Sanofi makes cuts to field force, consolidates functions

Share this article:

Sanofi will winnow its field force down through a “voluntary separation program” and relocation of some reps, said a spokesperson following news of more layoffs at the company.

The company announced further reductions to its US sales force and consolidation of several functions following its $20.1 billion acquisition of Genzyme, announced in February. The cuts will fall heavily on the company's cardiovascular and oncology sales forces due to the genericization of Avapro, Lovenox and Taxotere and the loss of patent protection for Plavix. Sanofi has been cutting sales positions for several years as part of a €2 billion cost-cutting exercise, and says it will slash €2 billion more by the end of 2015. By the end of the year, according to company projections, Sanofi's US sales force will be about 4,500—less than half of what it was in 2008.

But the cuts are not limited to sales. Cambridge-based Genzyme will absorb most of Sanofi's US R&D operations as part of the reorg, and R&D headcount has declined by around 3,000 since 2008 as Sanofi has sought growth in external opportunities—buying 23 companies, including Genzyme; and entering two joint ventures and 61 in-licensing agreements since January 2009. It's all part of CEO Chris Vieh­bacher's plan to steer the firm away from chemical therapies and towards biologics, which are less exposed to patent perils.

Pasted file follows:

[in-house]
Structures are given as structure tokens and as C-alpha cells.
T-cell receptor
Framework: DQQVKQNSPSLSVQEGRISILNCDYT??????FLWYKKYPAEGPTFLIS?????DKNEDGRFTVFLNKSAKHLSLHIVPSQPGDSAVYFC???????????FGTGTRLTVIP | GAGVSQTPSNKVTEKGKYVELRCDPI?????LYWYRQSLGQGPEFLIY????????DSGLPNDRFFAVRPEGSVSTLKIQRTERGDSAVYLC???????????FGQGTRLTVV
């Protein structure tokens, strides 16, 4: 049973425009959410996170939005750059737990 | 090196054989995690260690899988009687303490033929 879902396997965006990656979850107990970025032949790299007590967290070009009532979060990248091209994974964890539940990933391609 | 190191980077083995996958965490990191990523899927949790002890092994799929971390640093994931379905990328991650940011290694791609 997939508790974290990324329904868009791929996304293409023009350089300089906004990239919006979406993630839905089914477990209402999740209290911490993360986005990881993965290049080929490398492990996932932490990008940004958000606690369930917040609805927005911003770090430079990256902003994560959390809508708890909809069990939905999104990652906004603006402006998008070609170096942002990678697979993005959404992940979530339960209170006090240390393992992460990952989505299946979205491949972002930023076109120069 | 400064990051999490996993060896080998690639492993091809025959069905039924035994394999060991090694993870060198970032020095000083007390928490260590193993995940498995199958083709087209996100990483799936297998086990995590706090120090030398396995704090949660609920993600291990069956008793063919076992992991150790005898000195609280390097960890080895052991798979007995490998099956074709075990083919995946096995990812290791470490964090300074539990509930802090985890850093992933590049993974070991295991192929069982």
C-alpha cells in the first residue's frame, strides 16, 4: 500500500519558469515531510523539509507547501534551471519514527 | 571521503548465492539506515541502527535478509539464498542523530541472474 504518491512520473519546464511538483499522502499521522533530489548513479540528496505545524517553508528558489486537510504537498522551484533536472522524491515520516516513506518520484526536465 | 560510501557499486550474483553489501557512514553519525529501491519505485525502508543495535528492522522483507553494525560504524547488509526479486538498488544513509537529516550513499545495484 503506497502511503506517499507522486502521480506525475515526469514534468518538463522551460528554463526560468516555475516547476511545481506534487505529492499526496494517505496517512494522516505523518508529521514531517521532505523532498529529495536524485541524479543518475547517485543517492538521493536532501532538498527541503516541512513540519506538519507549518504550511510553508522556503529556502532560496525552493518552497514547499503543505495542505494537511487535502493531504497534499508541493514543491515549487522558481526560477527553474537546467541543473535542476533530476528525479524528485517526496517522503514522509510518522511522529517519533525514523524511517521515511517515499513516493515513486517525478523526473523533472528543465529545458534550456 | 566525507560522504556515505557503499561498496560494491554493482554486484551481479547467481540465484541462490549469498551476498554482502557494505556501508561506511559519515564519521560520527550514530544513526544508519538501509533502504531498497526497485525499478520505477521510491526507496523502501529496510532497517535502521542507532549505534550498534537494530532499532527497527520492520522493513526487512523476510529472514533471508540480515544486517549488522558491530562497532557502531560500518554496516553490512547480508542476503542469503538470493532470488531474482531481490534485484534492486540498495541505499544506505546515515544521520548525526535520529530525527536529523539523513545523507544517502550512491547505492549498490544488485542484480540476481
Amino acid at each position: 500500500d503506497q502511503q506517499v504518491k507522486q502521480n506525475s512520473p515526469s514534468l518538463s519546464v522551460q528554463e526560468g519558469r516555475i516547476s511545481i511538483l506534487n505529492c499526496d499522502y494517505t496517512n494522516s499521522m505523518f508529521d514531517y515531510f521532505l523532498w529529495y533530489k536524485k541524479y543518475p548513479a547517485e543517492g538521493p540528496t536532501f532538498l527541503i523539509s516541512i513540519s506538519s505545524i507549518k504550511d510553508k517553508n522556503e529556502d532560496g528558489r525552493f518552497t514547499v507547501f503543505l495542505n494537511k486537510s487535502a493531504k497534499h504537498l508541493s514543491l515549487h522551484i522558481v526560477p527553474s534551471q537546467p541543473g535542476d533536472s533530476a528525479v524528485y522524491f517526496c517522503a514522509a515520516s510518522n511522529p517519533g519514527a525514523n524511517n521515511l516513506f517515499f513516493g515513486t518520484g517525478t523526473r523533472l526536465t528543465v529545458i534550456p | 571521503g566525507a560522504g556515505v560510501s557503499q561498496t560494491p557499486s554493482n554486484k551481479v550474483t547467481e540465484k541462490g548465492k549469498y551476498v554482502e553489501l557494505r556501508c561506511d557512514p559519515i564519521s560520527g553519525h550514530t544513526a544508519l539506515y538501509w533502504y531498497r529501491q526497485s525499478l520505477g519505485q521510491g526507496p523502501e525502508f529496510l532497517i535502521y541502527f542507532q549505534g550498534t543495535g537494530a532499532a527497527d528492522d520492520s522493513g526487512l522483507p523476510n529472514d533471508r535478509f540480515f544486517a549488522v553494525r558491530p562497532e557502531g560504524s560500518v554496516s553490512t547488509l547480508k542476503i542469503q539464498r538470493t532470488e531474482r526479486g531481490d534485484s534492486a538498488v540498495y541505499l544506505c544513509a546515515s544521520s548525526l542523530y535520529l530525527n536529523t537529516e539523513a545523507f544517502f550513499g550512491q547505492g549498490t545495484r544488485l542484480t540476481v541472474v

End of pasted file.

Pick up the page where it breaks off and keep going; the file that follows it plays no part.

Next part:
“Our objective,” Viehbacher told investors in September, “wasn't just to replace what we were going to lose from generic competition to big blockbusters like Plavix, etc. But it was really to put our company on a path to growth that didn't completely depend on R&D, that didn't completely depend on patents.”
Share this article:
close

Next Article in Features

Email Newsletters

More in Features

Read the complete April 2014 Digital Edition

Read the complete April 2014 Digital Edition

Click the above link to access the complete Digital Edition of the April 2014 issue of MM&M, with all text, charts and pictures.

Antidote: Are e-cigarettes safe?

Antidote: Are e-cigarettes safe?

The pros and cons of e-cigarettes

Combating concept churn

Combating concept churn

There's no cure. But the good news is that prophylaxis is possible.